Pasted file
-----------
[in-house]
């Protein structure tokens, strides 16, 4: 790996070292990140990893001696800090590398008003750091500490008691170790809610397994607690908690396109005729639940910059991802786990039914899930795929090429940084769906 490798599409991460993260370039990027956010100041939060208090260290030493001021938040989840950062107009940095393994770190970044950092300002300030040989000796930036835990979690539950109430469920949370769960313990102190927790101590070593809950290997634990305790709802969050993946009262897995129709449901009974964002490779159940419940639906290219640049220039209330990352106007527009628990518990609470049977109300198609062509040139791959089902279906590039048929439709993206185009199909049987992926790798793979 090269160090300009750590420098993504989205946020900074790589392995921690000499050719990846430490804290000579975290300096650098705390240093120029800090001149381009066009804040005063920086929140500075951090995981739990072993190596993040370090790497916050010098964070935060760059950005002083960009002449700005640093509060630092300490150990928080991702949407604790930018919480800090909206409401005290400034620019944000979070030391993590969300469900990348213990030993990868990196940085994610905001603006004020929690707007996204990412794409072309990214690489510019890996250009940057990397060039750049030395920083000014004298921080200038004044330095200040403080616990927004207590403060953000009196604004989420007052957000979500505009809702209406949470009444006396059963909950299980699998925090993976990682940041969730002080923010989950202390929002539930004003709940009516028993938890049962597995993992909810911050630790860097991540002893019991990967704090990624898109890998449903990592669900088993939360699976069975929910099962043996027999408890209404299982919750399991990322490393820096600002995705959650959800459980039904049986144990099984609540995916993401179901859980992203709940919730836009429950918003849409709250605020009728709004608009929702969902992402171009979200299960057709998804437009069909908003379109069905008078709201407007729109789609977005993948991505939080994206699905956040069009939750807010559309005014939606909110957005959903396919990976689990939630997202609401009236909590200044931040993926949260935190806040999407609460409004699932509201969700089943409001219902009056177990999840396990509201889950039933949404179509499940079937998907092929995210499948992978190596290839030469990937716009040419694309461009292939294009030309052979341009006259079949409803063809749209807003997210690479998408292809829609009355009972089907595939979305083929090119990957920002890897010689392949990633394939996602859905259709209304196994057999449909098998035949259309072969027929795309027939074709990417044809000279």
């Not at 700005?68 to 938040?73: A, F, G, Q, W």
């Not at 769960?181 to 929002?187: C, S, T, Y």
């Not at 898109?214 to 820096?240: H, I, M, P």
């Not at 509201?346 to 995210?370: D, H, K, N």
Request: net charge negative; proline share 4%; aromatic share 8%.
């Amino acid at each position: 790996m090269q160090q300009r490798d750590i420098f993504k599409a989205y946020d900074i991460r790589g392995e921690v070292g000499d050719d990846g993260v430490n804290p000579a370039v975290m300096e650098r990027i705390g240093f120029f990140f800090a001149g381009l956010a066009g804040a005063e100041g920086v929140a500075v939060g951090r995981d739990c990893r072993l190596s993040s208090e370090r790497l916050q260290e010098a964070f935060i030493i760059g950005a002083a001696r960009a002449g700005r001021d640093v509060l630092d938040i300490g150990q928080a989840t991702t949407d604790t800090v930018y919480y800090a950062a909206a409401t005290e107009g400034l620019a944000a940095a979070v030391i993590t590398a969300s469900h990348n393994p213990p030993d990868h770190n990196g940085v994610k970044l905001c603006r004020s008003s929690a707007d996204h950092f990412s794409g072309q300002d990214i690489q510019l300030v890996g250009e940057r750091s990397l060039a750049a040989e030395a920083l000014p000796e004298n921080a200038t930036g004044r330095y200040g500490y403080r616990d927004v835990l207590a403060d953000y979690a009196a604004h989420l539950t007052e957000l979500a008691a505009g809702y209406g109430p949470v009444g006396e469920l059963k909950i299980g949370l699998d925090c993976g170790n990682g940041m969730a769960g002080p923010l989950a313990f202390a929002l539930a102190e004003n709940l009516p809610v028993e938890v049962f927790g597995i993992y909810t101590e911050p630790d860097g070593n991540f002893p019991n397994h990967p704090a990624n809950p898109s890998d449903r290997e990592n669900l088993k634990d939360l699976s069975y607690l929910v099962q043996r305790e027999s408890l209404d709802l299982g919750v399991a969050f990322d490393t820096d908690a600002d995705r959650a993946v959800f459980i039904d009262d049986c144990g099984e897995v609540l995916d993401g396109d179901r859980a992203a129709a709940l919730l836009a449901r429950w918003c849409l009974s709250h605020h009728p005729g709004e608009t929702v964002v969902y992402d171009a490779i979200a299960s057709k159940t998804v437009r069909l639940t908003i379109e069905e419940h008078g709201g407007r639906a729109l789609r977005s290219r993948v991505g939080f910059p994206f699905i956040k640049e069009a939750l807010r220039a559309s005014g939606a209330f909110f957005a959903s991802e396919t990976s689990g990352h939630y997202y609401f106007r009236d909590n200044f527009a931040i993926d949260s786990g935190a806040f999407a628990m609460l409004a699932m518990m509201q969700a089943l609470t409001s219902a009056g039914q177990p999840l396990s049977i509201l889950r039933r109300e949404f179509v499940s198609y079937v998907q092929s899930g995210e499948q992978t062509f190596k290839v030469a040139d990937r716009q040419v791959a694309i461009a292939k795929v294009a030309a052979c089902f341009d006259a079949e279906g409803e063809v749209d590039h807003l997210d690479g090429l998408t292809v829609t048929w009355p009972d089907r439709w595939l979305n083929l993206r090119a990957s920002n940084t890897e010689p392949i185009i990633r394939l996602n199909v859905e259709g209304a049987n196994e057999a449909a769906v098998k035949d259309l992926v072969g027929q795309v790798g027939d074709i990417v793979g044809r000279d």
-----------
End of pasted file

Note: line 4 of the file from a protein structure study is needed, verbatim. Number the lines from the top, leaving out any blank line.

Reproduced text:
């Not at 769960?181 to 929002?187: C, S, T, Y």